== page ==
Check Out Your School Library

School libraries have existed in America for almost as long as public libraries — at least 100 years — but they’re about much more than just books today! If you’re a new teacher, an experienced teacher in a new district, or even an old teacher in the same old district, you might be surprised to find that your library media center has jumped into the 21st century.

While books still constitute the core element of any library, there are a variety of other items that can be checked out: Kindles, iPads, audiobooks, laptop carts, DVDs, class sets of books, ebooks, board games, math tools, and more.

If you are lucky enough to have a certified librarian in your district, you might have access to databases — such as Learn 360, Discovery Education, NBC Learn, Country Reports, or Jstore — that you can use to find lesson plans, videos, and articles, among other things.

Infohio is a particularly innovative collection of databases that also includes online books, learning videos, English and foreign language encyclopedias for all grade levels, practice tests, career information and research resources for the entire school community. Conveniently, Infohio can be accessed from school or home with a special username and password that can be obtained from your school district.

[quote]The library connects us with the insight and knowledge, painfully extracted from Nature, of the greatest minds that ever were, with the best teachers, drawn from the entire planet and from all our history, to instruct us without tiring, and to inspire us to make our own contribution to the collective knowledge of the human species. I think the health of our civilization, the depth of our awareness about the underpinnings of our culture and our concern for the future can all be tested by how well we support our libraries. — COSMOS, CARL SAGAN[/quote]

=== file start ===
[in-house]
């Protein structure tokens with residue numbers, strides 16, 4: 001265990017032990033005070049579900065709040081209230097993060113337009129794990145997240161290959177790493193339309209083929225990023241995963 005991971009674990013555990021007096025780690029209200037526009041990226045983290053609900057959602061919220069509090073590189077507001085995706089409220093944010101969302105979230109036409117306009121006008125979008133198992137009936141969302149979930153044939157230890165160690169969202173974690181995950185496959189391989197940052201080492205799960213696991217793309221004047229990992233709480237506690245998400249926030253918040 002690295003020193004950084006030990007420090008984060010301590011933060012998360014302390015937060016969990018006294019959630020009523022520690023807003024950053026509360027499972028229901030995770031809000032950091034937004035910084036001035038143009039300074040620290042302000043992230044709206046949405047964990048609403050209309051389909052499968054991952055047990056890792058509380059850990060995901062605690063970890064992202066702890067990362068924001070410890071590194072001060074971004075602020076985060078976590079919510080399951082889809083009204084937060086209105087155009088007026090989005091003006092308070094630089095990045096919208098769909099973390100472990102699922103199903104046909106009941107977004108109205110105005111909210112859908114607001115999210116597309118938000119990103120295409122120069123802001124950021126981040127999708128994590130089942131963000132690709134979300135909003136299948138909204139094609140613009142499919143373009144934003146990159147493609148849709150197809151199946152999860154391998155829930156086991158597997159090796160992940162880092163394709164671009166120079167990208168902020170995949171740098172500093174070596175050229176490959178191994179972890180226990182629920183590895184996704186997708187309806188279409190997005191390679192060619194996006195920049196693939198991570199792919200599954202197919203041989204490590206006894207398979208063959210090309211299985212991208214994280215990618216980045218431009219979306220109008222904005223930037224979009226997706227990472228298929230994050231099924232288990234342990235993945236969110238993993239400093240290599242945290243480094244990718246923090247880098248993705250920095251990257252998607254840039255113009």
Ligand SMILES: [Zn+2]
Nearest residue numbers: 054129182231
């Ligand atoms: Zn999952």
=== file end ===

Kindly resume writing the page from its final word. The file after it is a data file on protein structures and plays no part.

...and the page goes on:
Your library staff is an excellent resource in itself. They can recommend websites or online gaming for your subject area or help you create presentations, newsletters, pathfinders or web quests. They know where to find free images and music that can be used in student research projects. Often they know how to use eReaders such as iPads, iPods and Kindles, digital cameras, document cameras, projectors and interactive white boards.

Your teacher librarians can also provide direct instruction to students. They are available to collaborate on a regular basis with teachers in their building or district when the need arises. They are always happy to come to your classroom to talk about books or to train staff and students on how to use the online catalog. In addition to special classes, they create library programs, such as author visits, and reading and writing activities. They can even set up online field trips and museum tours appropriate for your grade level and subject area.

Your library staff can help you with everything from evaluating websites for authoritative information to just finding a book on the shelf. They are information experts and are always on the prowl for the most interesting, colorful and exciting books, ebooks, book apps, learning apps, websites, and new technologies that students want to use.

They next time you are feeling isolated, overwhelmed or at a loss for a good ideas, stop in your school library and talk to your library staff. If you are in a school that has no library, check to see if there is a high school library or a local public library nearby, because they will probably be more than willing to help you with whatever you need.

By Susan Ridgeway, Wooster Education Association



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